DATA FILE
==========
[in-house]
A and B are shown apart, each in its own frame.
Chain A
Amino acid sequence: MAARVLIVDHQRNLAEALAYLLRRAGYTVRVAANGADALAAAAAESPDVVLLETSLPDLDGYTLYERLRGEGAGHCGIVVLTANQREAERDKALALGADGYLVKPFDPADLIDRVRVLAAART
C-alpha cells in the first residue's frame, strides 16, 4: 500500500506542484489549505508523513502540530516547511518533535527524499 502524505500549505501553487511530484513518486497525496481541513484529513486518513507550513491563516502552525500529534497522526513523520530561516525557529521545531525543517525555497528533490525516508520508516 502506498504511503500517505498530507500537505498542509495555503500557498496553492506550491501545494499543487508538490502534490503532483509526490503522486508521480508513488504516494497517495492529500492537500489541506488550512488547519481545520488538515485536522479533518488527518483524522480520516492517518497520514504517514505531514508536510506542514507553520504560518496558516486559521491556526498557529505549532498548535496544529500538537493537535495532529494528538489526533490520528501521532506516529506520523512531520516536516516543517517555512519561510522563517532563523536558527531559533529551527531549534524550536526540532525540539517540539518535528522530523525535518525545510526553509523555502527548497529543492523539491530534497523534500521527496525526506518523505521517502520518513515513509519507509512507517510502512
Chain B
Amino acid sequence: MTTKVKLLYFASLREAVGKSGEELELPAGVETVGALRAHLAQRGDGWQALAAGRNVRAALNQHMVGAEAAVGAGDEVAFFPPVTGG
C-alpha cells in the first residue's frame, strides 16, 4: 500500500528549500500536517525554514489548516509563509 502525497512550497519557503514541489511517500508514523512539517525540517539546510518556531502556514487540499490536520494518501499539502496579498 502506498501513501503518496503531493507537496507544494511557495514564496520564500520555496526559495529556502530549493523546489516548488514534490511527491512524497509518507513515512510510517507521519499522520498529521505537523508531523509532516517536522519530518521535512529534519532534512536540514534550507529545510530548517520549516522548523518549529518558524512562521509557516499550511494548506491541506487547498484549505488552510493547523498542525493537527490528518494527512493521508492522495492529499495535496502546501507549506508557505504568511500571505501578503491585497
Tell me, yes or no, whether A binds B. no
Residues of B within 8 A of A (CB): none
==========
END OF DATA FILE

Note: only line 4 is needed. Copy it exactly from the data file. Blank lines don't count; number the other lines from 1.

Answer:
Amino acid sequence: MAARVLIVDHQRNLAEALAYLLRRAGYTVRVAANGADALAAAAAESPDVVLLETSLPDLDGYTLYERLRGEGAGHCGIVVLTANQREAERDKALALGADGYLVKPFDPADLIDRVRVLAAART